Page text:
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Chuck Schumer's inauguration speech reframed the most famous part of Ken Burns's Civil War

Schumer’s reading of a famous love letter is a subtle callout of revisionist history.

Memorial at Sullivan Ballou’s grave site at Swan Point Cemetery in Providence, Rhode Island.
Richard Geib

On July 14, 1861 — one week before the first major battle of the American Civil War was fought at Bull Run — a Union soldier named Sullivan Ballou wrote a passionate love letter to his wife, Sarah. He would never send it; Ballou was killed at Bull Run, and the letter was found among his belongings after his death. But his words have lived on, first reaching a wide audience in 1990 when filmmaker Ken Burns featured Ballou’s letter in his seminal documentary The Civil War, and entering the cultural conversation again this week, when Democratic Minority Leader Chuck Schumer quoted Ballou at Friday’s inauguration of President Donald Trump.

In the decades since The Civil War’s debut, Ballou’s letter has worked its way into the annals of pop culture by way of parody. As narrated by actor Paul Roebling over the strains of a weepy folk ballad, the letter is the foundation for the documentary’s most iconic moment: a beautiful message from a fallen soldier to the wife he would never see again, indelibly stamped with Burns’s florid, melodramatic presentation of it.

But when Schumer read an excerpt of Ballou’s letter during Trump’s inauguration — where he spoke about living in “a challenging and tumultuous time” — he was drawing on a part that's often left out of its cultural legacy: Ballou's commitment to the fight for social justice.

Ballou’s letter is indelibly associated with Ken Burns’s documentary

When PBS first aired The Civil War over the course of a week in September, 1990, it set a viewership record for the network, with its debut earning the title of the most-watched opening episode of a series ever to play on public television. It was that opening episode that featured Ballou’s letter, in a tremendously moving (and maudlin) reading enhanced by a sequence of still photographs and Jay Ungar’s sentimental ballad “Ashokan Farewell” playing beneath:

Ballou seems to have a premonition of his own death. He begins by telling Sarah that he might not have a chance to write for a while, then relays anxiety over the possibility of leaving his children fatherless. Still, he reaffirms his commitment to the fight and his love of country, and ends by promising Sarah that he will always be with her: “Never forget how much I love you, and when my last breath escapes me on the battlefield, it will whisper your name.” At the end, he delivers what are perhaps the letter’s most famous lines:

But, O Sarah! If the dead can come back to this earth and flit unseen around those they loved, I shall always be near you; in the garish day and in the darkest night — amidst your happiest scenes and gloomiest hours — always, always; and if there be a soft breeze upon your cheek, it shall be my breath; or the cool air fans your throbbing temple, it shall be my spirit passing by.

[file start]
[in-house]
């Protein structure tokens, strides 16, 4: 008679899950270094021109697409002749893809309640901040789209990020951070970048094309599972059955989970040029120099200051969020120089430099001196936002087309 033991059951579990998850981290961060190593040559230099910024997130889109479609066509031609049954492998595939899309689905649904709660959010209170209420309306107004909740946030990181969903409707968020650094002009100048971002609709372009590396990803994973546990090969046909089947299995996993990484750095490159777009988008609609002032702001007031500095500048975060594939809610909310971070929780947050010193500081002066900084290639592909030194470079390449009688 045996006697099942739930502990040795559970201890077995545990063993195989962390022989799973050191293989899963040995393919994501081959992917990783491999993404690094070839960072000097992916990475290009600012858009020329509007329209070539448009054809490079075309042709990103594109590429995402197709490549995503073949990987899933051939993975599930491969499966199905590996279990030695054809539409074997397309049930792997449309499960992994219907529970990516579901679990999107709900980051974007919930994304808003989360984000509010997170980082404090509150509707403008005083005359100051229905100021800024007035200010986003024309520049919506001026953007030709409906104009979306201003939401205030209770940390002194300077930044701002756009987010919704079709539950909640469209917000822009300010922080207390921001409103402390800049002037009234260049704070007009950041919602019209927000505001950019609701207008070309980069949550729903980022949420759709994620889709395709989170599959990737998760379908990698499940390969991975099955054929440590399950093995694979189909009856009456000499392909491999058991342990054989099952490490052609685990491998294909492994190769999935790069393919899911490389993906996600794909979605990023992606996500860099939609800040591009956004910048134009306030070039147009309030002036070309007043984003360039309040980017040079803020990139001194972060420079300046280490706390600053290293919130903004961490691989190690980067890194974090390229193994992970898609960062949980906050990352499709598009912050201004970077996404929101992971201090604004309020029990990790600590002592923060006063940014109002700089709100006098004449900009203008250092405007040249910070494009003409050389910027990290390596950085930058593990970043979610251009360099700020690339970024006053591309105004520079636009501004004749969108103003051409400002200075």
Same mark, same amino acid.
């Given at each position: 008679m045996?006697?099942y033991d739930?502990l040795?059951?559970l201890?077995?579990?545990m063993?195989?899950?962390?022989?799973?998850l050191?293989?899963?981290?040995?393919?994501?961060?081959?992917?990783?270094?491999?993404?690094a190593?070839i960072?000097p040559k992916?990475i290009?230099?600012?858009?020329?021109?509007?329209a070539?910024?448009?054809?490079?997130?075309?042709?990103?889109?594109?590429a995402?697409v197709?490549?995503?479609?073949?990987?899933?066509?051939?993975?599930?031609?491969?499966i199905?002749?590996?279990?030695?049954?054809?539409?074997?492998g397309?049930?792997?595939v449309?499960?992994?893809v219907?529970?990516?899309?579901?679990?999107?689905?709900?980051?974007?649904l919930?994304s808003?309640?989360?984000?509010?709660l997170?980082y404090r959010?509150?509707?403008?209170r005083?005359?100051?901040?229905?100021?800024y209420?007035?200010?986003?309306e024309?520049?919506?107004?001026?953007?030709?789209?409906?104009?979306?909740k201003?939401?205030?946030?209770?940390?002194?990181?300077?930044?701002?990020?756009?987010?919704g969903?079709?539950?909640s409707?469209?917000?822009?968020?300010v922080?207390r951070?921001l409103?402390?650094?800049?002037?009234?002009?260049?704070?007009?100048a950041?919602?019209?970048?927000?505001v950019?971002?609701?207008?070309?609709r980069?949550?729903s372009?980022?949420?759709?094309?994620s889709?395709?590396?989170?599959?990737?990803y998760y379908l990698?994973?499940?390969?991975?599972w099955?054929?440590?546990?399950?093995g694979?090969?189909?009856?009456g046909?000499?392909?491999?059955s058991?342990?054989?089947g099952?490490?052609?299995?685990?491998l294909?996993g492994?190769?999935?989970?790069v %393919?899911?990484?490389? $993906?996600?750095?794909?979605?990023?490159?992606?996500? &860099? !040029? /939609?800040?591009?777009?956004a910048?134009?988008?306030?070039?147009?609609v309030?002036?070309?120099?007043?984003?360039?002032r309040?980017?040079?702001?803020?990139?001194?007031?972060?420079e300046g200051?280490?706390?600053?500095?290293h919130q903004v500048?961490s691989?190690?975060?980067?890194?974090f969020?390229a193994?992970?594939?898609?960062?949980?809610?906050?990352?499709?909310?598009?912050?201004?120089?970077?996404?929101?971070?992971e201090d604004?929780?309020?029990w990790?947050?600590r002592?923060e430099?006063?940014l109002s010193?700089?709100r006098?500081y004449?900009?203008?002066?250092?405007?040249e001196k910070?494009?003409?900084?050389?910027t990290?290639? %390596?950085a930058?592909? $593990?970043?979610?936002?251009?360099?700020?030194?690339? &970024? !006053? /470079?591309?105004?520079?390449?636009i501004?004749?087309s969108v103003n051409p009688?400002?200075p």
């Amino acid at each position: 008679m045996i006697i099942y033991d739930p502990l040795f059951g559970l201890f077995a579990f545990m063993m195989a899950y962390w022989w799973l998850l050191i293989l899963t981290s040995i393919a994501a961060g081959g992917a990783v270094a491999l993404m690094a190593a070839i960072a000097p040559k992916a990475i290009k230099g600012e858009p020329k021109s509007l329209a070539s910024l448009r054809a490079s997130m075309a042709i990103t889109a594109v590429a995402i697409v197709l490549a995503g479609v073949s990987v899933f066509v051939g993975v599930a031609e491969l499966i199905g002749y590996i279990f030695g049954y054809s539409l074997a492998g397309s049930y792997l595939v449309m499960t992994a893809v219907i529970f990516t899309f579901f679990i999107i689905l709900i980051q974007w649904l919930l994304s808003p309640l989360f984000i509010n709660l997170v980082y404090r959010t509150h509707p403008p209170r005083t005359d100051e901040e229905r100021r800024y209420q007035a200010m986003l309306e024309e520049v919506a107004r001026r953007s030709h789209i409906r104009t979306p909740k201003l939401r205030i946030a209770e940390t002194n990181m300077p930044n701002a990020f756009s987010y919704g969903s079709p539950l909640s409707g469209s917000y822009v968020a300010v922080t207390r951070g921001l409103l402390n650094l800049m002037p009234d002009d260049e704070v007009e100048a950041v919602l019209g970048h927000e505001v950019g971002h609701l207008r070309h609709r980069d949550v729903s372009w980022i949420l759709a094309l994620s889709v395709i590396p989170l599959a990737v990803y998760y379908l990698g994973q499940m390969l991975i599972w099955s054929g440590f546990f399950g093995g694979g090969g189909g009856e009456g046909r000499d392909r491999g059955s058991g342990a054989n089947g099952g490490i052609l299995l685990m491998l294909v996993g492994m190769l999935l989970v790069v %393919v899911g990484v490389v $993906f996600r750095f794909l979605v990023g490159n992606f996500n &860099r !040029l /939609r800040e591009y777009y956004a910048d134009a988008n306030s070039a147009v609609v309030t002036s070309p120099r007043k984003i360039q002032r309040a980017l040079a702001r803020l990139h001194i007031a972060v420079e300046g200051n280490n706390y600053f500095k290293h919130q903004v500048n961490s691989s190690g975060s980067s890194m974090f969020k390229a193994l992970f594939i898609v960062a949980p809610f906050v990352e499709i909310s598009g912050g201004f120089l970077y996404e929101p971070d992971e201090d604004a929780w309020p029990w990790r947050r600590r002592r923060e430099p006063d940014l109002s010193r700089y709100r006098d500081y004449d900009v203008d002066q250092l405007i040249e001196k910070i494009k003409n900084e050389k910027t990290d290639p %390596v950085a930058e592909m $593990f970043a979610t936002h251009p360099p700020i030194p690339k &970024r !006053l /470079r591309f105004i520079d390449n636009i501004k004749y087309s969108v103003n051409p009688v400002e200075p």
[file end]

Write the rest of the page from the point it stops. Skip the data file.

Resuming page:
A version of Ballou’s letter (there are multiple surviving copies of the text, with some variations; the original has been lost) had been unearthed in the 1980s by Pulitzer Prize-winning historian Don Fehrenbacher. When Fehrenbacher sent a copy of the letter to Burns, he was delighted, and made it the centerpiece of The Civil War’s first episode.

Ballou’s letter struck a nerve. The Washington Post called it “a love letter of unbearable beauty,” while People gushed that it had “touch[ed] America’s heart as [Sullivan] once touched Sarah’s.” Newspapers were swamped with requests for transcripts, while the soundtrack, which featured the reading of the letter, sold thousands of copies.

However, the outpouring of admiration didn’t last — and time hasn’t been as good to Sullivan Ballou as you might expect.

The letter ultimately became cultural shorthand for cheap sentiment and dangerous historical romanticizing

Ballou’s letter is commonly referred to as “the Civil War letter,” and its emotional showcase in The Civil War has been the subject of many homages, parodies, and remixes. The NBC sitcom Community once dedicated an entire episode to parodying The Civil War, dramatically narrating pensive texts from soldiers on the front lines of a massive pillow fight to capture Ballou’s tone. The internet is teeming with Civil War parodies, each one replete with tongue-in-cheek love letters narrated over moving fiddle music.

But that assimilation hasn’t really been positive — in fact, it trends toward painting the original documentary as “plodding and fatuous,” overly melodramatic cheese. There’s a reason for that: Modern critical reevaluation of The Civil War has been hard on Burns’s overly sympathetic view of the South and its role in the conflict. Writing for Slate in 2011, James Lundberg was deeply critical of the way in which the documentary presented a reductive view of the war to generations of viewers, and primarily used the tactic of heady emotional manipulation to do it. “Burns stages a relentless, multifront assault on viewers' emotions,” he argued, in order to “[refashion] the history of the Civil War into a semimythical narrative, one of collective sacrifice in the name of freedom and national unity.”